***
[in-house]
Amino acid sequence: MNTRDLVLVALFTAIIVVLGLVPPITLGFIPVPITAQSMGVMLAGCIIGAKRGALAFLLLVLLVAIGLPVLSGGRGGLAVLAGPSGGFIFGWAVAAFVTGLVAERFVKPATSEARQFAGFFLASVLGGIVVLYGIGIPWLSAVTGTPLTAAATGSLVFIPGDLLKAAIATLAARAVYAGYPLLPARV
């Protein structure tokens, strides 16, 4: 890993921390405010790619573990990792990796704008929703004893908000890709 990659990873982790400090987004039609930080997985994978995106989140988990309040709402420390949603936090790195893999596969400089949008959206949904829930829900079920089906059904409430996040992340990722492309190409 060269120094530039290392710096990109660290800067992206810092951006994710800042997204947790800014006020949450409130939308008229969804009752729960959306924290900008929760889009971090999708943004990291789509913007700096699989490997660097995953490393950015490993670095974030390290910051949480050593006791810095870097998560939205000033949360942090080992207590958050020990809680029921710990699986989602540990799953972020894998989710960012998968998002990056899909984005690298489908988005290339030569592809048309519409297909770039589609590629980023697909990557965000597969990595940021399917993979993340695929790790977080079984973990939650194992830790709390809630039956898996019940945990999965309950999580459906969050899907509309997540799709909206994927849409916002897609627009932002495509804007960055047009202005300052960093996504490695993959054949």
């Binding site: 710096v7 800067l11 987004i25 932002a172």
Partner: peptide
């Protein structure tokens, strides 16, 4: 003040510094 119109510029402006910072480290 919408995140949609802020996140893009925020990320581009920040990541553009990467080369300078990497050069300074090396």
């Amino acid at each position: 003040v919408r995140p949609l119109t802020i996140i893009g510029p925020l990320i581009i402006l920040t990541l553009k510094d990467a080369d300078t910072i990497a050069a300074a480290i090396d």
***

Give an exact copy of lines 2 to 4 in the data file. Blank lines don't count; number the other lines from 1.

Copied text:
Amino acid sequence: MNTRDLVLVALFTAIIVVLGLVPPITLGFIPVPITAQSMGVMLAGCIIGAKRGALAFLLLVLLVAIGLPVLSGGRGGLAVLAGPSGGFIFGWAVAAFVTGLVAERFVKPATSEARQFAGFFLASVLGGIVVLYGIGIPWLSAVTGTPLTAAATGSLVFIPGDLLKAAIATLAARAVYAGYPLLPARV
């Protein structure tokens, strides 16, 4: 890993921390405010790619573990990792990796704008929703004893908000890709 990659990873982790400090987004039609930080997985994978995106989140988990309040709402420390949603936090790195893999596969400089949008959206949904829930829900079920089906059904409430996040992340990722492309190409 060269120094530039290392710096990109660290800067992206810092951006994710800042997204947790800014006020949450409130939308008229969804009752729960959306924290900008929760889009971090999708943004990291789509913007700096699989490997660097995953490393950015490993670095974030390290910051949480050593006791810095870097998560939205000033949360942090080992207590958050020990809680029921710990699986989602540990799953972020894998989710960012998968998002990056899909984005690298489908988005290339030569592809048309519409297909770039589609590629980023697909990557965000597969990595940021399917993979993340695929790790977080079984973990939650194992830790709390809630039956898996019940945990999965309950999580459906969050899907509309997540799709909206994927849409916002897609627009932002495509804007960055047009202005300052960093996504490695993959054949």
């Binding site: 710096v7 800067l11 987004i25 932002a172």